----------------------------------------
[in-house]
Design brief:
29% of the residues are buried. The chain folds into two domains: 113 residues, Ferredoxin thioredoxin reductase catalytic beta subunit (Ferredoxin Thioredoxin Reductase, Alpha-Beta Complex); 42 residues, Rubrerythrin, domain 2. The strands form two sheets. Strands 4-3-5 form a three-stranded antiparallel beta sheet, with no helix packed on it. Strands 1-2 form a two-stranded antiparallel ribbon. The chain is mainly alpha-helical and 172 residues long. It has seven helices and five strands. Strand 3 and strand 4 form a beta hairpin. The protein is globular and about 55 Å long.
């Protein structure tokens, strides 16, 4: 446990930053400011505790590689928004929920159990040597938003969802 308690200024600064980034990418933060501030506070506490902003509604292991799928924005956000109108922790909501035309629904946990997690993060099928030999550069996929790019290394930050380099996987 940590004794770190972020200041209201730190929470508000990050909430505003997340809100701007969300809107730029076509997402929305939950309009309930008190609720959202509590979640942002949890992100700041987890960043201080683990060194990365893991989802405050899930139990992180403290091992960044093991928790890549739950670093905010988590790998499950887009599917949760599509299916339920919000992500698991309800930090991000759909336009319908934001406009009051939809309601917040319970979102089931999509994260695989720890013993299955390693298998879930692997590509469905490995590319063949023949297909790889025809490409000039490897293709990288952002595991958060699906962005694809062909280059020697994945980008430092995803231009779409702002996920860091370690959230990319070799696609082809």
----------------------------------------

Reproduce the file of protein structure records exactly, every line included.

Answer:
[in-house]
Design brief:
29% of the residues are buried. The chain folds into two domains: 113 residues, Ferredoxin thioredoxin reductase catalytic beta subunit (Ferredoxin Thioredoxin Reductase, Alpha-Beta Complex); 42 residues, Rubrerythrin, domain 2. The strands form two sheets. Strands 4-3-5 form a three-stranded antiparallel beta sheet, with no helix packed on it. Strands 1-2 form a two-stranded antiparallel ribbon. The chain is mainly alpha-helical and 172 residues long. It has seven helices and five strands. Strand 3 and strand 4 form a beta hairpin. The protein is globular and about 55 Å long.
């Protein structure tokens, strides 16, 4: 446990930053400011505790590689928004929920159990040597938003969802 308690200024600064980034990418933060501030506070506490902003509604292991799928924005956000109108922790909501035309629904946990997690993060099928030999550069996929790019290394930050380099996987 940590004794770190972020200041209201730190929470508000990050909430505003997340809100701007969300809107730029076509997402929305939950309009309930008190609720959202509590979640942002949890992100700041987890960043201080683990060194990365893991989802405050899930139990992180403290091992960044093991928790890549739950670093905010988590790998499950887009599917949760599509299916339920919000992500698991309800930090991000759909336009319908934001406009009051939809309601917040319970979102089931999509994260695989720890013993299955390693298998879930692997590509469905490995590319063949023949297909790889025809490409000039490897293709990288952002595991958060699906962005694809062909280059020697994945980008430092995803231009779409702002996920860091370690959230990319070799696609082809």